Mission Issues

Thinking and re-thinking missionary issues

Humour in missions (2)

Let me share one more story on this topic before moving on: Where we used to live in Swaziland, in a small town known as Nhlangano (this means “the meeting place” and referred to the time when king George VI of England and the former king Sobhuza II of Swaziland met each other in this town in 1947), we were the only White people in the area. We had a lot of people who knocked on our door asking for money or food (White = American = Dollars = RICH). It was not always easy to distinguish between those who were really in need and those just taking a chance. We therefore found an excellent way to address this problem. After God created the earth, there were some stones left and these were dumped in our backyard (or so we believed!) Whenever someone asked for money or food we would send them into the garden and he had to dig a hole and remove all the stones from the hole which was then put onto a pile to be removed from our garden at a later stage. (I literally removed tons of stones through the years.) We fed scores of people and eventually had a garden relatively free of stones.
We were four missionaries at that time in Swaziland, living fairly far from each other. Every month we came together as families for Bible Study and lunch. One day we were meeting at our house. My wife had asked me to go to a store to buy something she needed for lunch. While I was away, someone knocked at the door. As my wife opened the door, my one colleague had just stopped in his car and my wife, in a hurry to get back to the kitchen, asked him to hear what the man wanted.
A few hours later, as we were having lunch, she suddenly remembered about the man who had been at the door and asked my colleague what had happened. Hy gave a short laugh and told us the story. The man at the door told him that he came from Malawi and that he had lost his passport and now needed money to get a new passport. Little did he know that my colleague had been a missionary in Zambia for many years and that he spoke Chichewa fluently, the same language that is also spoken in Malawi. My colleague switched over to Chichewa and – to his utmost surprise (ha-ha) – found that the man did not understand a single word he said. The man then tried to get himself out of his predicament by explaining that he came from a part of Malawi where they used another language, but the area he indicated was exactly the area where Chichewa is mostly used. He eventually left our house without any money, deeply grieved that his story had not been believed!
Afterwards we wondered what that man had told himself that evening. Here he was in Swaziland, knocking on the door of a White person with Afrikaans as mother tongue, claiming that he had come from Malawi, only to find out that the White man spoke the language of Malawi fluently and thereby catching him out on his lie! What could the odds be for this to happen? Possibly a bit smaller than winning the national lottery! This still remains one of our favourite stories – and a good example why it is always the best to tell the truth.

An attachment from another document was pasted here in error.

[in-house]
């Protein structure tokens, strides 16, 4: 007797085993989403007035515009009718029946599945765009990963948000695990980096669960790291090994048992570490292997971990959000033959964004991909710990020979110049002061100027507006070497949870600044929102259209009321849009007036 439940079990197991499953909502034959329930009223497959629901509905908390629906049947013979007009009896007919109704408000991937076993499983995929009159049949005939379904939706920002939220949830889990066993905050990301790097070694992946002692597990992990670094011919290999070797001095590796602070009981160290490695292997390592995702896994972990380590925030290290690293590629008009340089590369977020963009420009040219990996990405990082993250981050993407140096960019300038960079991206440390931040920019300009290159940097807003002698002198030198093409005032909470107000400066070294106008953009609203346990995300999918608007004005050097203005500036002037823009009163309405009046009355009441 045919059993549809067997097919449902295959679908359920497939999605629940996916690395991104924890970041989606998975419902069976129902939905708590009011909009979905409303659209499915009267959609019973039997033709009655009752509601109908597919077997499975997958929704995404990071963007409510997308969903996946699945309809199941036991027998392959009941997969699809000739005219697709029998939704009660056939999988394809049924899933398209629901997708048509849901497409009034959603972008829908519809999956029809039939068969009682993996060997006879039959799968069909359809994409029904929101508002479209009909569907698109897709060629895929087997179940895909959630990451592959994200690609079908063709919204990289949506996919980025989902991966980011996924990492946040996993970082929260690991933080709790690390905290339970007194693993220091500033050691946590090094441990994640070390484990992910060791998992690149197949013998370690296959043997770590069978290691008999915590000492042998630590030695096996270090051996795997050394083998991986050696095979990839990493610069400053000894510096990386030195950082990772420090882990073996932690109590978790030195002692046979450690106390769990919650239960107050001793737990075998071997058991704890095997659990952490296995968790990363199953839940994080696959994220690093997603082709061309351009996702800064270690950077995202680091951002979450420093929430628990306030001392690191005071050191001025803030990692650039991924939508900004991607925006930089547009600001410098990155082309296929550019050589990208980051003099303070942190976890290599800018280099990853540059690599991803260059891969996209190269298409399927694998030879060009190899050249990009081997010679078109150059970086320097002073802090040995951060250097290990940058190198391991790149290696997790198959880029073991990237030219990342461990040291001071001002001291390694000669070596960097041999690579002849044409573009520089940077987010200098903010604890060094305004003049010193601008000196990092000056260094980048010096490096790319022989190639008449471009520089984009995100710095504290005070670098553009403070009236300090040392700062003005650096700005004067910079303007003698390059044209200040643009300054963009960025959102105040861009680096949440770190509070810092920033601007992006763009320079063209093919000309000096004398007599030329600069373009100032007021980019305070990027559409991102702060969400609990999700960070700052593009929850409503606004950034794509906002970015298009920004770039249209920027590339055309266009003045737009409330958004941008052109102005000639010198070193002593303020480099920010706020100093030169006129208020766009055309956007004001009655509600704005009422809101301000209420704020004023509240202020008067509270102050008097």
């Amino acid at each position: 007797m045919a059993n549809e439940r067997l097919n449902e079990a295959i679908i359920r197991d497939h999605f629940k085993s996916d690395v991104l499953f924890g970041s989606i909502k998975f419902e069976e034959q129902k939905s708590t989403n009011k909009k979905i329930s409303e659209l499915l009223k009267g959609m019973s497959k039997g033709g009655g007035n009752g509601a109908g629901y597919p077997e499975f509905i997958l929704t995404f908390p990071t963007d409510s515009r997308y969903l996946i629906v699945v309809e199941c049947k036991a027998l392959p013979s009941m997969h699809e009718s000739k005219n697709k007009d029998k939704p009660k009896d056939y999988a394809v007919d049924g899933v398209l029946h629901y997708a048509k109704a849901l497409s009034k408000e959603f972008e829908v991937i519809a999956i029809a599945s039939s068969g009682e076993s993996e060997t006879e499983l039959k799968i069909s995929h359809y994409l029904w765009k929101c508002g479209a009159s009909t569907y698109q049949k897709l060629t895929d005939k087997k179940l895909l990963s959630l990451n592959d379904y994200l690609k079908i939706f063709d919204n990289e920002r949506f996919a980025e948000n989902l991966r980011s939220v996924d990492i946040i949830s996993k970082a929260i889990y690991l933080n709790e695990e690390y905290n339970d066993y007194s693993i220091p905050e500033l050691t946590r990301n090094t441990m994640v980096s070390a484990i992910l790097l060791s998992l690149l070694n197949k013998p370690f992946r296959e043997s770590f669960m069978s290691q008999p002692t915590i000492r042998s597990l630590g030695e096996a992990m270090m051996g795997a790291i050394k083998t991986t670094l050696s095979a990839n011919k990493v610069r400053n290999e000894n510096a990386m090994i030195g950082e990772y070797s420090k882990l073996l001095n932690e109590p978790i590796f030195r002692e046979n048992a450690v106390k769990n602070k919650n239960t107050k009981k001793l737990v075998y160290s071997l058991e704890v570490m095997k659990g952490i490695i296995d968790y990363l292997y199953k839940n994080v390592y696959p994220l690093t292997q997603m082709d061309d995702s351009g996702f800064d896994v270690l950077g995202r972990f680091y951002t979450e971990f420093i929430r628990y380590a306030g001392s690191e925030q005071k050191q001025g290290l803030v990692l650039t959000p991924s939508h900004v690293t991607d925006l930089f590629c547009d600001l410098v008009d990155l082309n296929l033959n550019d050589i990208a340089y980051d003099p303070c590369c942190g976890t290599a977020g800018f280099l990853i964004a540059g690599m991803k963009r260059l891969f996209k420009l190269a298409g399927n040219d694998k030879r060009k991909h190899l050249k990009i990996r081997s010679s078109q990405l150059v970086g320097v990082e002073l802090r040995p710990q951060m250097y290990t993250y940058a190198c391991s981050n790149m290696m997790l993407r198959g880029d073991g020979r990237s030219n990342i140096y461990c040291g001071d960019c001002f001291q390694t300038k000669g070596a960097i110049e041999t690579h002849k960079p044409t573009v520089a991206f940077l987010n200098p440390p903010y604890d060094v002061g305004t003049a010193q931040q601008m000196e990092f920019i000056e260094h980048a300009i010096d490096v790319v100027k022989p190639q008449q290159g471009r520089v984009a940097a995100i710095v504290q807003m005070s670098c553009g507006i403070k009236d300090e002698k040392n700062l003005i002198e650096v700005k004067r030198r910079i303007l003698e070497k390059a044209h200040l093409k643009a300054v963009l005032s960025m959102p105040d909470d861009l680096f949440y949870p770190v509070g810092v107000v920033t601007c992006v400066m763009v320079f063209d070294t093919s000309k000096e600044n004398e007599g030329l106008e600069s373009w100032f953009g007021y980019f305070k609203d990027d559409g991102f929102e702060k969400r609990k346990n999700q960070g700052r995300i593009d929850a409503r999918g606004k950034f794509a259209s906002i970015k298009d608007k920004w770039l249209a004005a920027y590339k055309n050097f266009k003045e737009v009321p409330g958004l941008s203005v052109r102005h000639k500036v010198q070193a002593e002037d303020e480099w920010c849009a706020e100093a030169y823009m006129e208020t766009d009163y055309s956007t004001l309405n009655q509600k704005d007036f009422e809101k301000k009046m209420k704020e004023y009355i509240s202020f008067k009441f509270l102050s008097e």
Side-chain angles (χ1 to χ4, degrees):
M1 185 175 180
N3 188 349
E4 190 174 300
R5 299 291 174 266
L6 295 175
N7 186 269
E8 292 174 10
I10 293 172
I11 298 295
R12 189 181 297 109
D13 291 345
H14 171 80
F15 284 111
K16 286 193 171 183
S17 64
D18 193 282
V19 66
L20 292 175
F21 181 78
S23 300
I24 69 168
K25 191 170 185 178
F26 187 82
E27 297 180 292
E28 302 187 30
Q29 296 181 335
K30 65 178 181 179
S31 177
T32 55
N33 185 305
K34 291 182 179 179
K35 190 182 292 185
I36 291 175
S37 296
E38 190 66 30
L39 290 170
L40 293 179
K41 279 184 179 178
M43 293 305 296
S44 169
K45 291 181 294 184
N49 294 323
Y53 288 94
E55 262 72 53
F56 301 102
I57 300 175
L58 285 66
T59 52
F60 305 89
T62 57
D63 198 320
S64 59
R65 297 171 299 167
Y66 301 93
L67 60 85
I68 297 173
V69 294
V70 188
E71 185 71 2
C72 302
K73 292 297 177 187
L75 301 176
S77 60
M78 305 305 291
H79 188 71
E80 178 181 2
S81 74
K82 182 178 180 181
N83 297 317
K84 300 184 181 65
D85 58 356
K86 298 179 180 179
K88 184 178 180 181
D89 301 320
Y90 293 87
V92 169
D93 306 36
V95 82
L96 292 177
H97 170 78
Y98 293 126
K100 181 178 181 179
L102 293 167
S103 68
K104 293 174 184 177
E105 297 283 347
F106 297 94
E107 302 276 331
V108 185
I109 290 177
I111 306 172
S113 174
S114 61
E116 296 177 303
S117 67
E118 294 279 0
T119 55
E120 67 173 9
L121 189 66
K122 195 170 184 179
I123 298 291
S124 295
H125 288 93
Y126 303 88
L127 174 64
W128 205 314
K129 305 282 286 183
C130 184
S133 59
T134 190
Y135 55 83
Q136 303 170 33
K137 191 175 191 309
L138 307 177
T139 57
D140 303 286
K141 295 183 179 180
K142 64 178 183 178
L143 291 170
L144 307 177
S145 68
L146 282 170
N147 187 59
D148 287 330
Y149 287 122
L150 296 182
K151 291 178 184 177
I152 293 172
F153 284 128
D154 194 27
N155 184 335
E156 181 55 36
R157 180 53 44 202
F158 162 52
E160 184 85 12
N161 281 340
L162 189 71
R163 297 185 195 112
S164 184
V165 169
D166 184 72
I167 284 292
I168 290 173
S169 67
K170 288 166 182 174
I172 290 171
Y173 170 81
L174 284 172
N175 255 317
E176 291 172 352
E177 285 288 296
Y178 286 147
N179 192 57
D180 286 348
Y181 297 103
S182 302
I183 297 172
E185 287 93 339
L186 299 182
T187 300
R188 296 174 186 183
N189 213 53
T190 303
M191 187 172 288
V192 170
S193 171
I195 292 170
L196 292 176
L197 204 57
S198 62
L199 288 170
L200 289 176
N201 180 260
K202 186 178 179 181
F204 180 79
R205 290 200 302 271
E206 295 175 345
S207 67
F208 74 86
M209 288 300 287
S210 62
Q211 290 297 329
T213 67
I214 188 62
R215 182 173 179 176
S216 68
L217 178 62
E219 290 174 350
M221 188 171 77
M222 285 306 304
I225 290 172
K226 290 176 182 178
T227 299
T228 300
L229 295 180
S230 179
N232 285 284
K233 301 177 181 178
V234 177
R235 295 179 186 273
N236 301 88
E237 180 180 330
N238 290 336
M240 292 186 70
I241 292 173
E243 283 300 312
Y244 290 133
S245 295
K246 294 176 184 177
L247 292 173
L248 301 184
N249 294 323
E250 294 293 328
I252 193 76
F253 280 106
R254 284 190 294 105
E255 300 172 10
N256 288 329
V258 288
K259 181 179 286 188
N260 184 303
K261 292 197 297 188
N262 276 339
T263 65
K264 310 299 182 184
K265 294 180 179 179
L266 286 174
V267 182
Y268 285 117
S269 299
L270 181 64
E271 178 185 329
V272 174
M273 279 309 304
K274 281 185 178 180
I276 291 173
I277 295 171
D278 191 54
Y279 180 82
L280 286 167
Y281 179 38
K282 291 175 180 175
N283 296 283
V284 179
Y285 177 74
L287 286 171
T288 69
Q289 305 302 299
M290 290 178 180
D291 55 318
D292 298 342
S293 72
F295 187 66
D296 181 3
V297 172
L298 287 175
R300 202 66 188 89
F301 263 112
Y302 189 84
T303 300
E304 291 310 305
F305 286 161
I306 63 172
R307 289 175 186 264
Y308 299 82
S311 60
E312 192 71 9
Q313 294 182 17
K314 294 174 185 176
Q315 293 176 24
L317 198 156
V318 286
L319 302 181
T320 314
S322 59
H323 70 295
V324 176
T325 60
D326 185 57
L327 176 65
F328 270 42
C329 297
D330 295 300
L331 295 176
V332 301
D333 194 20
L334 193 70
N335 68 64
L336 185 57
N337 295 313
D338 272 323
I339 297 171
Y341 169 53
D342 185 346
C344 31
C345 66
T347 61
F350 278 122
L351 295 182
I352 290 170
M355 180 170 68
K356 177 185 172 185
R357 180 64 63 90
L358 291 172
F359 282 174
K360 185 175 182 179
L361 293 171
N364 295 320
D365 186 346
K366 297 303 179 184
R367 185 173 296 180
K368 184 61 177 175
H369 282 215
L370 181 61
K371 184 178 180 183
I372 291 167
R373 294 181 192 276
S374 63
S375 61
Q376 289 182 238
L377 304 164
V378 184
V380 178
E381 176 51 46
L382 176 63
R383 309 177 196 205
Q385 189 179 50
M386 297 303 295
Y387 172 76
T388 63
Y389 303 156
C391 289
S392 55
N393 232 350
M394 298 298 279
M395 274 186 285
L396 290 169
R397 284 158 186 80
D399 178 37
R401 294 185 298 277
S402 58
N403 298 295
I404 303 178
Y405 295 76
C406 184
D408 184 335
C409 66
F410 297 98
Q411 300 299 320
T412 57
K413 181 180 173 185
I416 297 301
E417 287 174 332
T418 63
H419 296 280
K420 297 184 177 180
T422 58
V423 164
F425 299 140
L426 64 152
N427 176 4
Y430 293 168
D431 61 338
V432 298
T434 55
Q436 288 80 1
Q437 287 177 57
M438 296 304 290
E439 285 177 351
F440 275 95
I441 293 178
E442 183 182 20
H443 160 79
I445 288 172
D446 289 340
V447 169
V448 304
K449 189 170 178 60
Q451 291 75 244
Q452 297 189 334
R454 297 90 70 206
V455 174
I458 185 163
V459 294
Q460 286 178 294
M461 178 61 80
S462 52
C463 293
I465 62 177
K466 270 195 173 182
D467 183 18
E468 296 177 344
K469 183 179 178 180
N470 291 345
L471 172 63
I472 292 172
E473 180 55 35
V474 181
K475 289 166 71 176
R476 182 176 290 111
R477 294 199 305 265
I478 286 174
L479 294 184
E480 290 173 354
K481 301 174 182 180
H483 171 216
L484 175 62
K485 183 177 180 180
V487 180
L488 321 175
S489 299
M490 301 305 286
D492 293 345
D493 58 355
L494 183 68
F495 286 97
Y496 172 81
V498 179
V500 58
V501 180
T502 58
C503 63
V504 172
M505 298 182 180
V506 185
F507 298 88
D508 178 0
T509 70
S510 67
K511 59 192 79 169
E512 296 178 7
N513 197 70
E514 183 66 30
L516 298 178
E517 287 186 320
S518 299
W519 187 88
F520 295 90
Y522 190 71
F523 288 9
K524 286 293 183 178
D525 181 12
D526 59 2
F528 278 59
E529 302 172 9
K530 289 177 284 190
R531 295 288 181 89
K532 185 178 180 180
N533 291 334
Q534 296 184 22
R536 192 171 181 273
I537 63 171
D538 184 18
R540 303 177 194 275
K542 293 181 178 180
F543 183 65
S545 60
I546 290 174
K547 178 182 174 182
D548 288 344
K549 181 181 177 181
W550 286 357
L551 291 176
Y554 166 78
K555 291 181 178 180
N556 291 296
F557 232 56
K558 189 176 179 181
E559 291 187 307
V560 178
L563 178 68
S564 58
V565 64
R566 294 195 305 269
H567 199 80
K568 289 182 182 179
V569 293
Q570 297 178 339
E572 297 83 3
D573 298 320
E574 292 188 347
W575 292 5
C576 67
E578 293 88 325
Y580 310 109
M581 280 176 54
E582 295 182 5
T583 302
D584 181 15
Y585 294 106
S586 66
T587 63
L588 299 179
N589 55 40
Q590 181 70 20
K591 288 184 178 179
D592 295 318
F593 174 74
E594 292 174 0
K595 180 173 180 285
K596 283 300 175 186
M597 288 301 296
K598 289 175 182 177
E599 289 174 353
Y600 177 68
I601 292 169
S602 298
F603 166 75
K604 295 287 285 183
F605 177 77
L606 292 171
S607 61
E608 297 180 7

Thursday, July 12, 2007 - Posted by | Humour, Mission


  1. Good one!

    I also like the idea about having the individuals work by removing stones in order to receive goods or money. This would avoid the person from carrying shame, but rather they “worked” for the money/food/whatever. They earned it. Very creative. I am continually impressed by your stories and experiences. What an eye-opener.

    Comment by Maya | Thursday, July 12, 2007 | Reply

  2. Thanks Maya. I appreciate your comments. Probably we were not as noble as you try to make out: We were desperate to find a way to rid our gardens of stones and in this way we were – pun intended – killing two birds with one stone! Humour aside, this is always a problem in Africa to find ways in which people could be helped while not robbing them of their dignity. To this day it is still a problem for us. Our situation has changed somewhat – the house where we stay now does not really allow us to work in the same way as before. For one thing, we love big dogs and we have two lovely German Shepherds, but we wouldn’t want to risk having someone come in and then getting bitten by our dogs. We do have a policy that we don’t give money, except on very rare occasions when I really feel that the Lord wants me to give money. We regularly give food. But it will probably always be a problem to know exactly the right thing to do.

    Comment by Arnau van Wyngaard | Thursday, July 12, 2007 | Reply

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